February 5, 1989
Regarding the headline "Gun Play" and the eight photos of people with firearms on Page 19 of your "Sneaks '89" movie previews (Jan. 19): It is reality, not a movie fiction, that people are dying daily from unlimited access to firearms. Death by gun is routine in Los Angeles; children are dead in Stockton. Movies and TV glamorize guns--and writers, directors and producers should bear some responsibility for the carnage. DR. and MRS. L. M. ROSEN Santa Monica
January 2, 2012 |
"Carnage" SBS Productions U.S. release: Dec. 16 The premise Ethan Longstreet (Eliot Berger), age 11, has formed a gang at his Brooklyn school but has excluded classmate Zachary Cowan (Elvis Polanski), also age 11. When Zachary confronts him, Ethan taunts Zachary and continues to keep him out of the group. Zachary responds to this rejection by hitting Ethan in the mouth with a stick, knocking out two teeth. Ethan's parents, Penelope (Jodie Foster) and Michael (John C. Reilly)
December 16, 2011 |
When stage-bound plays become cinematic, expanding them to the broader canvas that film allows is often the order of the day. But not with Roman Polanski and not with "Carnage. " In fact, one of the things that attracted the veteran director to Yasmina Reza's award-winning "God of Carnage" was the chance to make a film in the real time of the excruciating evening two couples — Jodie Foster and John C. Reilly, Kate Winslet and Christoph Waltz — spend in a Brooklyn apartment. So not only is "Carnage" not opened up, it feels even more intensely focused on its quartet of protagonists than the play was. The tight close-ups of cinematographer Pawel Edelman, the way his camera moves within the detailed living space designed by Dean Tavoularis, adds to the let-me-out-of-here claustrophobia of the scenario co-written by Reza and Polanski.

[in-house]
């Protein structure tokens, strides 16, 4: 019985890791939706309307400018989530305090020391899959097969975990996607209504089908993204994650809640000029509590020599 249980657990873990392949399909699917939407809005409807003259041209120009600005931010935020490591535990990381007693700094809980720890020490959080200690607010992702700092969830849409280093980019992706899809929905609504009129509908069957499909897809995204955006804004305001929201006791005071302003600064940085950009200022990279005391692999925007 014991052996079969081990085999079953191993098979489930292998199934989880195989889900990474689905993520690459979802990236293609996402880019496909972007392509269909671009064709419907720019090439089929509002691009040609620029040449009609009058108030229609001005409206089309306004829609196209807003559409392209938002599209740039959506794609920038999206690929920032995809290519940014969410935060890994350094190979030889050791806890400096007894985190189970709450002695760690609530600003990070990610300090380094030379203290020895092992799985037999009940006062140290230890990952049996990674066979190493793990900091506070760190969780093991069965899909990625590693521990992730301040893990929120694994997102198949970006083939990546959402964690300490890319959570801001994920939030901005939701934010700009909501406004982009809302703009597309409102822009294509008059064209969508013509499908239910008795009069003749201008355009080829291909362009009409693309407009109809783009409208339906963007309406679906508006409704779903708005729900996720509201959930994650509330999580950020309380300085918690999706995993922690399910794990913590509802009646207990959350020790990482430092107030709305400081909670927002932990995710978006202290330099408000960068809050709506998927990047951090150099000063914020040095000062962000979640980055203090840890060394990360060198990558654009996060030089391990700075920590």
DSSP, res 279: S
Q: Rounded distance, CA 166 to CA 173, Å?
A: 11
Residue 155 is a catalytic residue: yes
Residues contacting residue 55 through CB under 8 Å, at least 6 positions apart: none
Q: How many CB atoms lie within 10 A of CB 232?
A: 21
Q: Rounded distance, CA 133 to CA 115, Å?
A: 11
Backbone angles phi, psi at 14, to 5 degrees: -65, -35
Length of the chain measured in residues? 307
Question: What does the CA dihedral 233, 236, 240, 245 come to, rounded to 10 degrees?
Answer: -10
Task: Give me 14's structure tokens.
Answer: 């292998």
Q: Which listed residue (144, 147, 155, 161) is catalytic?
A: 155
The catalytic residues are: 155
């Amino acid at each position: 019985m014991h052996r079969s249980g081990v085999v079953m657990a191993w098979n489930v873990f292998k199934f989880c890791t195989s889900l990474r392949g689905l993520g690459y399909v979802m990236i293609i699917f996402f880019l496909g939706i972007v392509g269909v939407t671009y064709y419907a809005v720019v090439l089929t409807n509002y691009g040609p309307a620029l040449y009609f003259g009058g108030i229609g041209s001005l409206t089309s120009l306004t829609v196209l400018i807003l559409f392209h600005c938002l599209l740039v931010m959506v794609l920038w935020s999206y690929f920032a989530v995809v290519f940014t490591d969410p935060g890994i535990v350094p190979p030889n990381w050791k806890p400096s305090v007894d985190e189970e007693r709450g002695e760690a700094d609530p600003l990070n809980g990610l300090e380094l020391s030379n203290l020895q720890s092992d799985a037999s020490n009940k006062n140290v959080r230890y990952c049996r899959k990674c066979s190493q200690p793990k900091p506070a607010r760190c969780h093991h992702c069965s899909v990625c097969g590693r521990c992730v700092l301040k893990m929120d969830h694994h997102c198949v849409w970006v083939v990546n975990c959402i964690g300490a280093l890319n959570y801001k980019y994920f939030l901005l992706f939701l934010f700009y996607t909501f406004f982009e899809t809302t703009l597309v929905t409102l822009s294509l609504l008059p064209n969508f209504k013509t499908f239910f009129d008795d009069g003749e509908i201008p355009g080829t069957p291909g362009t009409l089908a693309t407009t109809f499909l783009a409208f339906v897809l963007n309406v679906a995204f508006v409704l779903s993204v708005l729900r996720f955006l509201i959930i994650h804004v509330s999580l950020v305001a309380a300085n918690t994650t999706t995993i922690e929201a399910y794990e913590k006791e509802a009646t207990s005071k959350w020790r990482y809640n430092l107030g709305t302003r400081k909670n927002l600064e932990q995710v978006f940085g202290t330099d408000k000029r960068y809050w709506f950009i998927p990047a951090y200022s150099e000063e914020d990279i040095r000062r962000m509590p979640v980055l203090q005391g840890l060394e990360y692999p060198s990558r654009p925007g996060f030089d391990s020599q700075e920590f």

December 14, 2011 |
Yasmina Reza never planned to make a film of her international hit play "God of Carnage," a hair-trigger drama about a playground scuffle between two boys that escalates into a bitingly funny, primal struggle among their parents. But when a longtime friend proposed making a movie, the Paris-based playwright knew exactly the type of director the film needed: a master of macabre humor, an expert at raising the tension inside tight psychological spaces, a connoisseur of the darkest recesses of the human heart.
April 10, 2011 |
Reporting from New York — It's almost evening when the much-honored Broadway cast of Yasmina Reza's "God of Carnage" finishes rehearsal in a 42nd Street studio and moves across the room to talk about its forthcoming reunion at Los Angeles' Ahmanson Theatre. Jeff Daniels, Hope Davis, James Gandolfini and Marcia Gay Harden are back in the roles for which each was nominated for a 2009 Tony award. The play, translated from the French by Christopher Hampton, took home Tonys for best play, actress Harden and director Matthew Warchus.
December 1, 2011 |
It's a dog-eat-dog world in "Carnage," Roman Polanski's film about a playground brawl between two boys that mutates into a psychological knock-down between two sets of parents. In one corner are Penelope (Jodie Foster), a high-minded liberal writer, and her husband, Michael (John C. Reilly), a seemingly easygoing housewares wholesaler. In the other are Nancy (Kate Winslet), a high-strung investment broker, and Alan (Christoph Waltz), a corporate lawyer noisily preoccupied with taking his clients' cellphone calls.